Do mothers remember key events during labor?

Eman Elkadry*, Kimberly Kenton, Paula White, Steven Creech, Linda Brubaker

*Corresponding author for this work

Research output: Contribution to journalArticlepeer-review

51 Scopus citations


OBJECTIVE: The purpose of this study was to assess the accuracy of maternal recall of key events during their most recent delivery. STUDY DESIGN: After institutional review board approval, women who were delivered at Loyola University Medical Center were recruited. Patients were asked a maximum of 13 questions about major labor management events that were applicable to the course of their delivery. Patient responses were compared with the delivery records. RESULTS: We interviewed 277 ethnically diverse women with a median interval since delivery of 10 weeks and a mean age at delivery of 26 years. Forty percent of the women answered all questions correctly. Mothers with better recollection were more likely to be white, older, to have had more recent deliveries and were more likely to have had cesarean delivery. CONCLUSION: Sixty percent of mothers cannot recall accurately at least one major labor management event. Studies that rely on patient recall of obstetric variables are likely to have high error rates.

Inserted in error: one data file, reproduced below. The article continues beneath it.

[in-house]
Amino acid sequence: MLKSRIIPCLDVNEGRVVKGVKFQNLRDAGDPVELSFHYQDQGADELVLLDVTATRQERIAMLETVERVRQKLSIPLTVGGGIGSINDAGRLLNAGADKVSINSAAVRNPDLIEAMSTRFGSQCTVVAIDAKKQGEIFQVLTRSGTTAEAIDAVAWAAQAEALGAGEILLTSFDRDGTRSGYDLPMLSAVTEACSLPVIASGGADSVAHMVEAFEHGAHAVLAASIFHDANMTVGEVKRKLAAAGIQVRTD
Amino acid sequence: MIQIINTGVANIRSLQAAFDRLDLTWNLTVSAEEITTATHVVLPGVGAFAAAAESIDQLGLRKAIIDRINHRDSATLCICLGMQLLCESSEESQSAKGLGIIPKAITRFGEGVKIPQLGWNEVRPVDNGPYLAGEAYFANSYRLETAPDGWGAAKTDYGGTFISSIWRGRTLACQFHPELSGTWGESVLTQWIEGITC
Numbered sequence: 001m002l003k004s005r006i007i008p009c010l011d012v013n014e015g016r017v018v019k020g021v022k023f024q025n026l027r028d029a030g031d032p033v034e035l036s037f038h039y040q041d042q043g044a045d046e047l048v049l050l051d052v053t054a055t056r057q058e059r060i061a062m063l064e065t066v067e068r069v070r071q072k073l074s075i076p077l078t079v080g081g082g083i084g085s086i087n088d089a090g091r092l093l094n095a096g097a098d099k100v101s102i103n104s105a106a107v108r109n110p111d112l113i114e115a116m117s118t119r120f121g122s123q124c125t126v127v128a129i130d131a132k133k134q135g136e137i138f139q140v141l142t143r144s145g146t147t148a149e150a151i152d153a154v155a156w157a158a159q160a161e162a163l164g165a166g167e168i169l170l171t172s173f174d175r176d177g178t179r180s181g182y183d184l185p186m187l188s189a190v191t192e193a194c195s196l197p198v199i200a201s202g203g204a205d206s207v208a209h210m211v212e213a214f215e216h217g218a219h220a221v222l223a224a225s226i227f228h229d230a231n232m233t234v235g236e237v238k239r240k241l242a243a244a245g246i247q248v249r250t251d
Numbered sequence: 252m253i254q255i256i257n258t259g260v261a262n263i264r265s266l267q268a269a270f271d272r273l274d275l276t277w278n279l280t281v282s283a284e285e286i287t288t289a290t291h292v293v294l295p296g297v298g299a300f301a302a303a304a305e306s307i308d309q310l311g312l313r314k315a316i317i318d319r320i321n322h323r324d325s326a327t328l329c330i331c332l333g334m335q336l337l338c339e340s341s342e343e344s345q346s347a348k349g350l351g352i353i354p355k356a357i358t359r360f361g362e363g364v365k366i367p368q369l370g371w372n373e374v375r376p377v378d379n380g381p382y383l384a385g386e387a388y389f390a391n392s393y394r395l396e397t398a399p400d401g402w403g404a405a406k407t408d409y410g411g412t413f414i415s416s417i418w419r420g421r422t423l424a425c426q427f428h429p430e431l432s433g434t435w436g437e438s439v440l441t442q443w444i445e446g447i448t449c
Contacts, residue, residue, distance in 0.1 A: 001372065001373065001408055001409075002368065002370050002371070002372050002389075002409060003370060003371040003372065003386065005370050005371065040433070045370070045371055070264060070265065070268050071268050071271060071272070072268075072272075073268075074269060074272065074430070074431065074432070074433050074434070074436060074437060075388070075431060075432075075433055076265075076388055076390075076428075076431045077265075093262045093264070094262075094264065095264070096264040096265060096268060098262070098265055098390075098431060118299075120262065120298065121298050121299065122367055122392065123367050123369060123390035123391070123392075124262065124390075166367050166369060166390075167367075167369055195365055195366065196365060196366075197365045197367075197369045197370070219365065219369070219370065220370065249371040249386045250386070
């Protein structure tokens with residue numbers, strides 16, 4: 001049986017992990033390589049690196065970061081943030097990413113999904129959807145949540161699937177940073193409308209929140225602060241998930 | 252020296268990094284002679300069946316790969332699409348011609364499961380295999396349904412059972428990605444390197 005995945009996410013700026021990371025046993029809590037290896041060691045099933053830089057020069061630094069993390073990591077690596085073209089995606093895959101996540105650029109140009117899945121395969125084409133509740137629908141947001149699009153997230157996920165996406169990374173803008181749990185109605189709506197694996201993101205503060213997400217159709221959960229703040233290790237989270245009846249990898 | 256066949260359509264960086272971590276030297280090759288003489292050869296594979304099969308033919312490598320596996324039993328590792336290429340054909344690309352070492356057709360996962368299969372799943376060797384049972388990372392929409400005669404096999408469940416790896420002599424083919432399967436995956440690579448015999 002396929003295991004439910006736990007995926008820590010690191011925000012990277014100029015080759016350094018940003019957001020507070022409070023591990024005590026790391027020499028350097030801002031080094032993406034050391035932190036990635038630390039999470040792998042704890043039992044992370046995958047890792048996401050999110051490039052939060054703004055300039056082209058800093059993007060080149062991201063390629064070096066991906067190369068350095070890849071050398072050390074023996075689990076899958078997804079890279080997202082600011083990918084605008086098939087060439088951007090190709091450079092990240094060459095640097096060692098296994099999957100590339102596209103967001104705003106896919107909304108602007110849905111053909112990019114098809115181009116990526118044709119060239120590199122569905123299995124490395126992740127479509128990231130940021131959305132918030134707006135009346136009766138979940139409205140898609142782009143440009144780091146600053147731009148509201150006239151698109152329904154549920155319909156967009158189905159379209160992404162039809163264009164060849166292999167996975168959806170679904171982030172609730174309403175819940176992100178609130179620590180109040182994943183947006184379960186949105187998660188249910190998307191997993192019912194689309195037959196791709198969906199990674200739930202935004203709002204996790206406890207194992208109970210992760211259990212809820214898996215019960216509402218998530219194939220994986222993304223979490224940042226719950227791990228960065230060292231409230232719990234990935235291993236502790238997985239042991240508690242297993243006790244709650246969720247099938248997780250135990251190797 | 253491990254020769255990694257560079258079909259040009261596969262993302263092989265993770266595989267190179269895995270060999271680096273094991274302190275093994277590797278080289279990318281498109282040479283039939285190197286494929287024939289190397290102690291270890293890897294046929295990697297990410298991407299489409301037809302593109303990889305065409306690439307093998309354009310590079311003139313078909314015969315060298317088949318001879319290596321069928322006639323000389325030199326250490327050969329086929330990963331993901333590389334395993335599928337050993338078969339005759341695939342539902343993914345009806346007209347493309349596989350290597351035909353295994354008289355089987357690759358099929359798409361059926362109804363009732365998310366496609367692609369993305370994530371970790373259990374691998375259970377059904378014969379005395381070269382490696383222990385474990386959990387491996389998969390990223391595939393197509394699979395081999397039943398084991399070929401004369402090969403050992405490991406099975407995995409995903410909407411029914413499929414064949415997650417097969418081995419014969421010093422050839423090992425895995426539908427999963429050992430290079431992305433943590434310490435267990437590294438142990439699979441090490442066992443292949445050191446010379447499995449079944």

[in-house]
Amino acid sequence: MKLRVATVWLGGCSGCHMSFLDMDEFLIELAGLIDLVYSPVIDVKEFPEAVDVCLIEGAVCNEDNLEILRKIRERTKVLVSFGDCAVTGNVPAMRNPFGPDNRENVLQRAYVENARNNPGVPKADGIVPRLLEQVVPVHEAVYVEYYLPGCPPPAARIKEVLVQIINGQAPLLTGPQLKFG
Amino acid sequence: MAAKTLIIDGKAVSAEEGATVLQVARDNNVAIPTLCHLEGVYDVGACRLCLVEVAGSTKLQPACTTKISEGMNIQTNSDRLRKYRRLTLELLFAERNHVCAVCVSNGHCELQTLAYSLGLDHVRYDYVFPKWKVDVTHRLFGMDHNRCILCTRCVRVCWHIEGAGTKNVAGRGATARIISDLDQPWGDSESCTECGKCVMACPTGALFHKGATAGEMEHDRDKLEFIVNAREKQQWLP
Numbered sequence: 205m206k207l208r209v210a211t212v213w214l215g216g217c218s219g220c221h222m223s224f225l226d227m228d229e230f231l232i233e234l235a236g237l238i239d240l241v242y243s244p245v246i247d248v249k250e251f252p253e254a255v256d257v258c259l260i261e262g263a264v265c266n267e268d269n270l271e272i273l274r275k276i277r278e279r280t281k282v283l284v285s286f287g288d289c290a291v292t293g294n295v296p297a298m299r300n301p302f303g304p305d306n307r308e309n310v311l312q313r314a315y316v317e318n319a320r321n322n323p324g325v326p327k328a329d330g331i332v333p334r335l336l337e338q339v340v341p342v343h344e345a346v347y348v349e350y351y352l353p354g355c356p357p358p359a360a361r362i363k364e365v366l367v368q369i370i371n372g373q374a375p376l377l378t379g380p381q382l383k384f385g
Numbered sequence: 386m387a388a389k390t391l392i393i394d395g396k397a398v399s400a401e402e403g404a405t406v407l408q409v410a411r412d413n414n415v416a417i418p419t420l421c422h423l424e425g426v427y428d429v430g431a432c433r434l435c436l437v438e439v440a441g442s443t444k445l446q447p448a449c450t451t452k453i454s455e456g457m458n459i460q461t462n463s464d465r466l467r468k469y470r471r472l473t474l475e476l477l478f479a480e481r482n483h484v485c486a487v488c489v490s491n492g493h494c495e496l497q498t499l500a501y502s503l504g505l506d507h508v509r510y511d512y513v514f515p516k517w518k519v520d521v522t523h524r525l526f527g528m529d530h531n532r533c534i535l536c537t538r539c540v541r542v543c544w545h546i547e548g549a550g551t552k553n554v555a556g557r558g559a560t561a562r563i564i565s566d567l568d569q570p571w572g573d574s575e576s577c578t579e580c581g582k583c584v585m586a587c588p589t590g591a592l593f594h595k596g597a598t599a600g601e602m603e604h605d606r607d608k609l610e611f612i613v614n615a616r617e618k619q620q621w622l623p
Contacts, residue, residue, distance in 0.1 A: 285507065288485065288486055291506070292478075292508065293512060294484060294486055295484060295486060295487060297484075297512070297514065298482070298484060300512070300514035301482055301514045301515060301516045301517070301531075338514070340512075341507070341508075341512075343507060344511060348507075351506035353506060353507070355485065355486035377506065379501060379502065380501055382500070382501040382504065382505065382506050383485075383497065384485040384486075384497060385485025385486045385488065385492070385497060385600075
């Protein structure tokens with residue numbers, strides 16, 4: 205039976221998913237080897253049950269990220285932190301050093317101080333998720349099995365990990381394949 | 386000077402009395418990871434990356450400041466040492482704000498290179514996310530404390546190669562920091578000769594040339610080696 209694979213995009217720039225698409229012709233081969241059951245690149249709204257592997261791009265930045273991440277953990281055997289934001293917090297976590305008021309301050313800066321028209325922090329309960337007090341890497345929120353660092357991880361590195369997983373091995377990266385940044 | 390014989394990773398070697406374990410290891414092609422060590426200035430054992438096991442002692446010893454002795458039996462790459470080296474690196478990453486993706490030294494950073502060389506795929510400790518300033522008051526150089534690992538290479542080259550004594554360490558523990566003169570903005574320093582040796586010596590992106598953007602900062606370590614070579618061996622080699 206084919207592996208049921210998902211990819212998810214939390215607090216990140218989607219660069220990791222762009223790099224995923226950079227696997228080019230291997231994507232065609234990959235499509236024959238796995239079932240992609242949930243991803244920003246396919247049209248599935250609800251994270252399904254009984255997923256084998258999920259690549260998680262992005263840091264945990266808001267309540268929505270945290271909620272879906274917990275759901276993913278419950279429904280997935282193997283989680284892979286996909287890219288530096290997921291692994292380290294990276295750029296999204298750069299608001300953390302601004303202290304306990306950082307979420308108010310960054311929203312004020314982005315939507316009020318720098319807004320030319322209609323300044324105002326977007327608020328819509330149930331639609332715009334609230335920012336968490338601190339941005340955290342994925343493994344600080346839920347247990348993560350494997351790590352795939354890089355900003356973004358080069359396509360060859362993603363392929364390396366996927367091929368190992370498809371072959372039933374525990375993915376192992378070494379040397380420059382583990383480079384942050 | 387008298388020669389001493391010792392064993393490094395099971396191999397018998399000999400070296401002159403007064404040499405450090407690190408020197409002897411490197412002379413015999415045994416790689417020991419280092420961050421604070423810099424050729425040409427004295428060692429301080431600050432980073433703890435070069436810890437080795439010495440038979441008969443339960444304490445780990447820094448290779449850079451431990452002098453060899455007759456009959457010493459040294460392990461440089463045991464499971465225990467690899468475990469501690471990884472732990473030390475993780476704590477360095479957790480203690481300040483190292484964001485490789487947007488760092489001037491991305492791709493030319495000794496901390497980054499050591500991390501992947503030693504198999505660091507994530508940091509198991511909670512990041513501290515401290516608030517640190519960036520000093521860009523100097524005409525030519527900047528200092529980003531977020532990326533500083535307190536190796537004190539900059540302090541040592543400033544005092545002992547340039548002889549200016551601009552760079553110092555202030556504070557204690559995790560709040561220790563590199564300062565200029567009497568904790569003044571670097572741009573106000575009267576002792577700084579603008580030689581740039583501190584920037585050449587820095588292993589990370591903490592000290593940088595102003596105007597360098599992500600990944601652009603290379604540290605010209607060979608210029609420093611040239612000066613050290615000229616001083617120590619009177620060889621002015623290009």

Original languageEnglish (US)
Pages (from-to)195-200
Number of pages6
JournalAmerican journal of obstetrics and gynecology
Issue number1
StatePublished - Jul 1 2003


  • Maternal recall
  • Maternal report
  • Patient recall

ASJC Scopus subject areas

  • Obstetrics and Gynecology


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